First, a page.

This June, the Wine Communicators of Australia (WCA) and Wine Australia will unveil the top wines selected by the Somms of the World during their recent tour of Australia and trade are invited to taste all 50+ for just $35.

The Somms of the World program was instigated by Wine Australia in April and invited 50 of the world’s best sommeliers to learn about and explore Australia’s wine regions and diverse wine offering.

While they were here, the Somms of the World were shown over 650 local wines and asked to select their favourite wines from each tasting, resulting in a line-up of over 50 of Australia’s very best wines.

Now, WCA has partnered with Wine Australia to showcase these wines in a Somms of the World Inspired Tasting for the first time on Monday 5 June at the beautiful Chiswick Restaurant at the Art Gallery of New South Wales.

For just $35, trade can come and taste all of the wines alongside canapés and meet other wine enthusiasts. WCA members tickets are discounted to $25. Book now.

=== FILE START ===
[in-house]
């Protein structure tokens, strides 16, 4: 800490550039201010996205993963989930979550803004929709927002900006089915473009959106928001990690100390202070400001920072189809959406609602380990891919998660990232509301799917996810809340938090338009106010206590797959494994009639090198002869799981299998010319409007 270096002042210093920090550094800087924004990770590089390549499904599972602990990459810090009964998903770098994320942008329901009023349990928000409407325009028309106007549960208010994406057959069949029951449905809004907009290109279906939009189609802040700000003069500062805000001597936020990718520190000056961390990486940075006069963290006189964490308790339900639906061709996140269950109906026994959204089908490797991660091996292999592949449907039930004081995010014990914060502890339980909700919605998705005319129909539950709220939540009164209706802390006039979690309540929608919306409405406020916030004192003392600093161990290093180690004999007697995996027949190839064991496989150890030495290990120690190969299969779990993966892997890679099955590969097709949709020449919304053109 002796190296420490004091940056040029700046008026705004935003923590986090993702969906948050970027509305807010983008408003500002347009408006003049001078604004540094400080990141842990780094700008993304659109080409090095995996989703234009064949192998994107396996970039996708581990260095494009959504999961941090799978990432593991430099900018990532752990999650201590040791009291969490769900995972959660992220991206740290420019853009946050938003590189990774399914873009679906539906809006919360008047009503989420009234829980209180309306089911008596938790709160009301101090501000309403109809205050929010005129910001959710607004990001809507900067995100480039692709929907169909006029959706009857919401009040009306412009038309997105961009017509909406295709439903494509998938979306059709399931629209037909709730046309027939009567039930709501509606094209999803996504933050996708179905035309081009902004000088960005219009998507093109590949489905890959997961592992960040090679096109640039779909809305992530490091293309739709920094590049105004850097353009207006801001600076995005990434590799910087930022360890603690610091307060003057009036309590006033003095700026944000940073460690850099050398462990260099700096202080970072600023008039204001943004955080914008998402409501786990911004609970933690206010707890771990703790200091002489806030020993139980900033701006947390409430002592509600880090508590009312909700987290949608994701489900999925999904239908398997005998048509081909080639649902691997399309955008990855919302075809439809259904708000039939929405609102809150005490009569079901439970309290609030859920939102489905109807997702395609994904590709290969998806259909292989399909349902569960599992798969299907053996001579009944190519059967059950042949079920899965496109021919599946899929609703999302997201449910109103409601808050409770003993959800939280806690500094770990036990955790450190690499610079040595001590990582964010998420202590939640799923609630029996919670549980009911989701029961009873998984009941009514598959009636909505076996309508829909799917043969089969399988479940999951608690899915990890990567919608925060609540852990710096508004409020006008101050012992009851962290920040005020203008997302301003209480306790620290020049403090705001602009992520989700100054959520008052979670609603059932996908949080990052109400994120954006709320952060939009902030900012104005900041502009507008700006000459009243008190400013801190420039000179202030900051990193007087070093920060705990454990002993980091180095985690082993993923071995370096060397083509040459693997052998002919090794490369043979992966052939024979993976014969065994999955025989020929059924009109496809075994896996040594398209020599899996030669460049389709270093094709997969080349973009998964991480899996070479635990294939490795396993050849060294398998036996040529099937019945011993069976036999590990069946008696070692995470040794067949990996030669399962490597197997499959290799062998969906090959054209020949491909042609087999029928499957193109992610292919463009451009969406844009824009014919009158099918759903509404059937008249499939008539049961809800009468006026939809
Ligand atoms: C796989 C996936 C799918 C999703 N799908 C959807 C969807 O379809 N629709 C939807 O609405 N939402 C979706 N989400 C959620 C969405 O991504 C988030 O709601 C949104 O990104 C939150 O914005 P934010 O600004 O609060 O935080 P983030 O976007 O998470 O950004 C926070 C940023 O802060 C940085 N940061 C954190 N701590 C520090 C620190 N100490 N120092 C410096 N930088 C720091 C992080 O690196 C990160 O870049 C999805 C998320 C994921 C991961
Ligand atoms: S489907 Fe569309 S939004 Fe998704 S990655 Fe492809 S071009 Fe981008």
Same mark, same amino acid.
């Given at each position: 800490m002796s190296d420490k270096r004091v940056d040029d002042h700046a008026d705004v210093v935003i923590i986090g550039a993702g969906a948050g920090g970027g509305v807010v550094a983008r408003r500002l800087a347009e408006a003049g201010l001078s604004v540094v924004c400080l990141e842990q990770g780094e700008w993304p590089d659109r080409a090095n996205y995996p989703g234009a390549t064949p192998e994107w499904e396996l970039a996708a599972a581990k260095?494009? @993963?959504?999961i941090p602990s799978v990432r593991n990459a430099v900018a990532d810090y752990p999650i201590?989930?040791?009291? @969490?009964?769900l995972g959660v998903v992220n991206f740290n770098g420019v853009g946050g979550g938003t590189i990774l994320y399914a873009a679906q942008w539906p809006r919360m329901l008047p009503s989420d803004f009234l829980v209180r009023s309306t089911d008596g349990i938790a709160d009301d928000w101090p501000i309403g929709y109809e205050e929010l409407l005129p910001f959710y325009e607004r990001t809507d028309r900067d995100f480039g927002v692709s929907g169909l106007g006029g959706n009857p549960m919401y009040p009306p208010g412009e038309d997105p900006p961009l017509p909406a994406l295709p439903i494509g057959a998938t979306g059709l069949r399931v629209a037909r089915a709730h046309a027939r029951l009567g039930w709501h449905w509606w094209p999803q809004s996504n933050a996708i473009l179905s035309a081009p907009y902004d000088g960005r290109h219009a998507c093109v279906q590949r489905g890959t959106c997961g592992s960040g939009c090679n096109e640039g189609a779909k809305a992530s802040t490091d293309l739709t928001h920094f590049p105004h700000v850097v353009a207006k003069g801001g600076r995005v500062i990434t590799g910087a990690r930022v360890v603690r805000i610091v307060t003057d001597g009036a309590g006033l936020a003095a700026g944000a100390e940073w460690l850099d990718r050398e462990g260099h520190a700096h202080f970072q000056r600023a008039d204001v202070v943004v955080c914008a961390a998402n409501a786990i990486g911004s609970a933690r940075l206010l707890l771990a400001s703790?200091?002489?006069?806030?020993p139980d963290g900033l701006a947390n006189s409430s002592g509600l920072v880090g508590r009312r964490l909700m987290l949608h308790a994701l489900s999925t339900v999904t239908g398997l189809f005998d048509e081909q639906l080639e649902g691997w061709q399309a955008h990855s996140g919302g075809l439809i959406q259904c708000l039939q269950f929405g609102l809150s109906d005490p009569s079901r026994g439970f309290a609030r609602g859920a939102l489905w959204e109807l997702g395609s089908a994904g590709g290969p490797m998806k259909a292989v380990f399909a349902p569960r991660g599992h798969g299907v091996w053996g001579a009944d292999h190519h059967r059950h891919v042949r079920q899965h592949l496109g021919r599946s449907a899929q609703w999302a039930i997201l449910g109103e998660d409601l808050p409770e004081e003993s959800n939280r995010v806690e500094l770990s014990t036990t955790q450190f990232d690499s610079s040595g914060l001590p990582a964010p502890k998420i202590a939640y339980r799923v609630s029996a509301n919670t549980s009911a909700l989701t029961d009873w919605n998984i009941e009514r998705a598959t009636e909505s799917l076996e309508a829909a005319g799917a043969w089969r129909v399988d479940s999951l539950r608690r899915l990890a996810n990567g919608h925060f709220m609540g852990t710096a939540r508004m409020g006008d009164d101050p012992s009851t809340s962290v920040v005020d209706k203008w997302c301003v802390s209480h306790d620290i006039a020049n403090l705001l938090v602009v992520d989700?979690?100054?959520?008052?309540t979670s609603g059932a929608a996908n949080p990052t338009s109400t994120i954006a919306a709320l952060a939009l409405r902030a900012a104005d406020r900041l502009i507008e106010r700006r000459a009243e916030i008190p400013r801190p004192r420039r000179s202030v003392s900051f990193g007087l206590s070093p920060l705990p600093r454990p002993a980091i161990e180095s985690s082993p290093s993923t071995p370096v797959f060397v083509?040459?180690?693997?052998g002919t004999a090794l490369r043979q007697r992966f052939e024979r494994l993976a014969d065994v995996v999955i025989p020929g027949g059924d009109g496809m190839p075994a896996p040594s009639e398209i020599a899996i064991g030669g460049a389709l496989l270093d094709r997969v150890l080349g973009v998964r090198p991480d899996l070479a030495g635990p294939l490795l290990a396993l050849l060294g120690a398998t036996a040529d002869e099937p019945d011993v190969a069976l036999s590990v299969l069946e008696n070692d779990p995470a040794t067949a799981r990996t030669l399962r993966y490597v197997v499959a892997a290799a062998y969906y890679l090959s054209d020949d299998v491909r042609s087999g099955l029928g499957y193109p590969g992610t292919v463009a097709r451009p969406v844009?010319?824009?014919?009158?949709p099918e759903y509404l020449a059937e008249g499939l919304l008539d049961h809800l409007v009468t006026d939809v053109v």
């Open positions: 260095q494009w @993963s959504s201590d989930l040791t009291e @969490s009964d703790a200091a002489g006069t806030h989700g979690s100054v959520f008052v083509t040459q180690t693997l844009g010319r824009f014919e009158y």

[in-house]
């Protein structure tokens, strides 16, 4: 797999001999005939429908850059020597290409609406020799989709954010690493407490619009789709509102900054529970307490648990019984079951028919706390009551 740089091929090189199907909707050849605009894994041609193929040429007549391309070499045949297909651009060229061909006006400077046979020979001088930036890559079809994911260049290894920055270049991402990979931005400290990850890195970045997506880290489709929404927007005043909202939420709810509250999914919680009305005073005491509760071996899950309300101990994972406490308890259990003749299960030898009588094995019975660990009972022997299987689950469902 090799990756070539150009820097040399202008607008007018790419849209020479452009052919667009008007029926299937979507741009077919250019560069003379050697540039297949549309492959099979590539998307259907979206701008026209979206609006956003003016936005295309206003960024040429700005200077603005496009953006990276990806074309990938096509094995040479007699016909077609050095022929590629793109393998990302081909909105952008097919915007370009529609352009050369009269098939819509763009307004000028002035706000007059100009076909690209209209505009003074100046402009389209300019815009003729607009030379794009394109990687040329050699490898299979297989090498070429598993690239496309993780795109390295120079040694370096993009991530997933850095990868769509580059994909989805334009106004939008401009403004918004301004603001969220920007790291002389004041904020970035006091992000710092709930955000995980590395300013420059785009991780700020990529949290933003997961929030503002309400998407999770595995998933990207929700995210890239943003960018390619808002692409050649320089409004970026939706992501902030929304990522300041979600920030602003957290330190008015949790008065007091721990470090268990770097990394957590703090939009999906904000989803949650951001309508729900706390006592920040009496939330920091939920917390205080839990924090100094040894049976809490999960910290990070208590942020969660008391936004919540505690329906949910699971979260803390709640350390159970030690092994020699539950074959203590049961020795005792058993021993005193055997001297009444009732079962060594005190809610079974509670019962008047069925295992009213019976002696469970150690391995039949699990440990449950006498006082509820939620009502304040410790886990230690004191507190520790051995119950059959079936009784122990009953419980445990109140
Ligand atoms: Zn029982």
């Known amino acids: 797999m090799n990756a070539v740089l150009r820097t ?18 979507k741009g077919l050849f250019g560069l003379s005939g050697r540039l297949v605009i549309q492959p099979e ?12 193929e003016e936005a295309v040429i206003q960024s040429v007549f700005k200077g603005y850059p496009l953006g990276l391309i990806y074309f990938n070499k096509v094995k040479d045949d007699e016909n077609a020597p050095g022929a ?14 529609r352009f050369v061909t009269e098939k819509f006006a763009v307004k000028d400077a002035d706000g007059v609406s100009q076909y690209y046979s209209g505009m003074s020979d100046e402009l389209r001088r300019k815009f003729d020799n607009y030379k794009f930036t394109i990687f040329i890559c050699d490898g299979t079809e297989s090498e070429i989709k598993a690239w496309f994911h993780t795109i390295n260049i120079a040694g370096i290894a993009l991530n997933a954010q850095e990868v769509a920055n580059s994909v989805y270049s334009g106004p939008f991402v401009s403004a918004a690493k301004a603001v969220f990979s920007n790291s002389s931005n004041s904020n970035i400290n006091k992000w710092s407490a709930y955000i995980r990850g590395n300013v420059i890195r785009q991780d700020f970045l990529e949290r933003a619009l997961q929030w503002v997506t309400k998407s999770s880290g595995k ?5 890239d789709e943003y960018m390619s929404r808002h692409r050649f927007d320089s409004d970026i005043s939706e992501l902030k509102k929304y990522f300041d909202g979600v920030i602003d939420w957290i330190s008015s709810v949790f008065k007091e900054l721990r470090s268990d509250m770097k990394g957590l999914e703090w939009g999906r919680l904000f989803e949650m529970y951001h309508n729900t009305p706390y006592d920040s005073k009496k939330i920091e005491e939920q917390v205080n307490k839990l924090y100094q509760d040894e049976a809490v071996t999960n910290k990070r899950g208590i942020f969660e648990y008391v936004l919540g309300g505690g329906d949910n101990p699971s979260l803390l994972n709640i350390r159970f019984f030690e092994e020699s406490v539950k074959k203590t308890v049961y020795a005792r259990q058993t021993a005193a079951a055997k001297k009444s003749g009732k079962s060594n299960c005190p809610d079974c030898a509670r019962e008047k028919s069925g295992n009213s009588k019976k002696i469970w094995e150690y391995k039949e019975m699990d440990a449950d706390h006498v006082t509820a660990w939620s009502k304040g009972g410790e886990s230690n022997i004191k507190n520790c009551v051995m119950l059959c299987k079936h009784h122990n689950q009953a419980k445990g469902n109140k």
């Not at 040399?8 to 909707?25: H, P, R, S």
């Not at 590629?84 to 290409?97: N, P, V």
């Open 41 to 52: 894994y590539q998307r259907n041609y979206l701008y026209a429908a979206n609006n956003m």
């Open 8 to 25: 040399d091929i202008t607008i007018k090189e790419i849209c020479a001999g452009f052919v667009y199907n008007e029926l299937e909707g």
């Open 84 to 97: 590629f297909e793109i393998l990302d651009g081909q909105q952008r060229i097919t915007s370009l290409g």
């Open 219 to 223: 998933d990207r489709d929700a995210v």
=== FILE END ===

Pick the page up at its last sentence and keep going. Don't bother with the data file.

While the list of the 50+ wines won’t be revealed until the night, we got a sneak peek earlier this week and can say that this is an event not to be missed.

The Somms of the World Inspired Tasting represents a large number of Australia’s oldest and most revered wineries.

Take this opportunity to brush up on your wine knowledge and tasting experience and see what the Somms of the World thought of our local wines.

When: Monday 5 June 2017
Where:Chiswick at the Gallery, Art Gallery of New South Wales
1 Art Gallery Road, Sydney
Members – $25
Non-members – $35
Book here.

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MEET: Nana Sechere from Welodge Saloon, Dubai

From breaking glasses to shaking cocktails at the Weslodge Saloon in Dubai, Nana Sechere has worked his way up the hospitality ladder. He shares with us what it’s like as a Canadian to work in a foreign place, where the alcohol rules are much stricter, and also how he enjoys making sure that other people have a great night.

Drinks World: Share with us how you got started in the industry and why you chose bartending as a career?

Nana Sechere: I started out as a busboy when I was about 19 years old and had a lot of fun doing it, but I would always watch the bartenders and wish I had the chance to be like them. I was a busboy for the same club for about three years, and never got a chance to bartend so I left and found any bar gig that I could. I found a job at a local pub, got fired, then I ended up working at a place called ‘Jacques Trap,’ which was a biker bar. The place was a disaster, and I didn’t learn much, but I was fortunate enough to get hired at a major chain restaurant in Canada that taught me all the basics.

DW: Tell us how you have progressed as a bartender?